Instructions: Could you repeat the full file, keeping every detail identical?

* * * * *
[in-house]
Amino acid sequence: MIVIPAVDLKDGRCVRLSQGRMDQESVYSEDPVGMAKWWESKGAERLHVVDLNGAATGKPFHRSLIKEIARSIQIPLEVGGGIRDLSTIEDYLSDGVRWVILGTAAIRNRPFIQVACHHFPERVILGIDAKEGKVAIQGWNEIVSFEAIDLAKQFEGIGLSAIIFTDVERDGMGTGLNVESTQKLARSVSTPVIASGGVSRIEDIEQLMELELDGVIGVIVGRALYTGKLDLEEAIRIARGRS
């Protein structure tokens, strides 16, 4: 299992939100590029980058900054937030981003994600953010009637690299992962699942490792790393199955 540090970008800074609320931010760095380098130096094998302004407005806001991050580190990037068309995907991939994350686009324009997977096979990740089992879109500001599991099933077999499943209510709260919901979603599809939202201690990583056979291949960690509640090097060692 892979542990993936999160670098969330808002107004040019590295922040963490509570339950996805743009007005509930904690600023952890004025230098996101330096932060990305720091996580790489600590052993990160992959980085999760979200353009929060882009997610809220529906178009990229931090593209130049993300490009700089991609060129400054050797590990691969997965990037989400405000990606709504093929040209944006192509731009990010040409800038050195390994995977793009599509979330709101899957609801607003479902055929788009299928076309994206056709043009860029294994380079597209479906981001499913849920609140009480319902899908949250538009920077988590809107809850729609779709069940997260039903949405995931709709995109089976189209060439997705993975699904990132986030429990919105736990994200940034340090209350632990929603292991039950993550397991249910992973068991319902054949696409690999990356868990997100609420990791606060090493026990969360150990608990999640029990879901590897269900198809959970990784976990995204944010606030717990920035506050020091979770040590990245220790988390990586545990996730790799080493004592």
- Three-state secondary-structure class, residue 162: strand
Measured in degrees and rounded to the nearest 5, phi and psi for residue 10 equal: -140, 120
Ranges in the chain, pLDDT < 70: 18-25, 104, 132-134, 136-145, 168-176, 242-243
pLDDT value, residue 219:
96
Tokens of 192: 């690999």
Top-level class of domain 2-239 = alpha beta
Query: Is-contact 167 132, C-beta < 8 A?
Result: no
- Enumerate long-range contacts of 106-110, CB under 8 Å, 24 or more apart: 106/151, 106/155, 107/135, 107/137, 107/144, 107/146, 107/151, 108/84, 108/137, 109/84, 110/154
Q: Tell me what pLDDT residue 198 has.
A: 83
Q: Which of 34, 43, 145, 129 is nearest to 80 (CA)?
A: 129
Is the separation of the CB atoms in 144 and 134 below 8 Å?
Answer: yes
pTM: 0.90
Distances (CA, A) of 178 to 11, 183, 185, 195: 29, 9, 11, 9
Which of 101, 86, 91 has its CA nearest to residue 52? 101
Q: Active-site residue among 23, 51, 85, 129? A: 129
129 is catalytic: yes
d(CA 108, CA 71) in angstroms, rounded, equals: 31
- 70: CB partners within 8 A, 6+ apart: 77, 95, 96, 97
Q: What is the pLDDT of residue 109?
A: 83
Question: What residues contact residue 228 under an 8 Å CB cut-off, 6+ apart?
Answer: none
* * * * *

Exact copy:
[in-house]
Amino acid sequence: MIVIPAVDLKDGRCVRLSQGRMDQESVYSEDPVGMAKWWESKGAERLHVVDLNGAATGKPFHRSLIKEIARSIQIPLEVGGGIRDLSTIEDYLSDGVRWVILGTAAIRNRPFIQVACHHFPERVILGIDAKEGKVAIQGWNEIVSFEAIDLAKQFEGIGLSAIIFTDVERDGMGTGLNVESTQKLARSVSTPVIASGGVSRIEDIEQLMELELDGVIGVIVGRALYTGKLDLEEAIRIARGRS
């Protein structure tokens, strides 16, 4: 299992939100590029980058900054937030981003994600953010009637690299992962699942490792790393199955 540090970008800074609320931010760095380098130096094998302004407005806001991050580190990037068309995907991939994350686009324009997977096979990740089992879109500001599991099933077999499943209510709260919901979603599809939202201690990583056979291949960690509640090097060692 892979542990993936999160670098969330808002107004040019590295922040963490509570339950996805743009007005509930904690600023952890004025230098996101330096932060990305720091996580790489600590052993990160992959980085999760979200353009929060882009997610809220529906178009990229931090593209130049993300490009700089991609060129400054050797590990691969997965990037989400405000990606709504093929040209944006192509731009990010040409800038050195390994995977793009599509979330709101899957609801607003479902055929788009299928076309994206056709043009860029294994380079597209479906981001499913849920609140009480319902899908949250538009920077988590809107809850729609779709069940997260039903949405995931709709995109089976189209060439997705993975699904990132986030429990919105736990994200940034340090209350632990929603292991039950993550397991249910992973068991319902054949696409690999990356868990997100609420990791606060090493026990969360150990608990999640029990879901590897269900198809959970990784976990995204944010606030717990920035506050020091979770040590990245220790988390990586545990996730790799080493004592």
- Three-state secondary-structure class, residue 162: strand
Measured in degrees and rounded to the nearest 5, phi and psi for residue 10 equal: -140, 120
Ranges in the chain, pLDDT < 70: 18-25, 104, 132-134, 136-145, 168-176, 242-243
pLDDT value, residue 219:
96
Tokens of 192: 């690999």
Top-level class of domain 2-239 = alpha beta
Query: Is-contact 167 132, C-beta < 8 A?
Result: no
- Enumerate long-range contacts of 106-110, CB under 8 Å, 24 or more apart: 106/151, 106/155, 107/135, 107/137, 107/144, 107/146, 107/151, 108/84, 108/137, 109/84, 110/154
Q: Tell me what pLDDT residue 198 has.
A: 83
Q: Which of 34, 43, 145, 129 is nearest to 80 (CA)?
A: 129
Is the separation of the CB atoms in 144 and 134 below 8 Å?
Answer: yes
pTM: 0.90
Distances (CA, A) of 178 to 11, 183, 185, 195: 29, 9, 11, 9
Which of 101, 86, 91 has its CA nearest to residue 52? 101
Q: Active-site residue among 23, 51, 85, 129? A: 129
129 is catalytic: yes
d(CA 108, CA 71) in angstroms, rounded, equals: 31
- 70: CB partners within 8 A, 6+ apart: 77, 95, 96, 97
Q: What is the pLDDT of residue 109?
A: 83
Question: What residues contact residue 228 under an 8 Å CB cut-off, 6+ apart?
Answer: none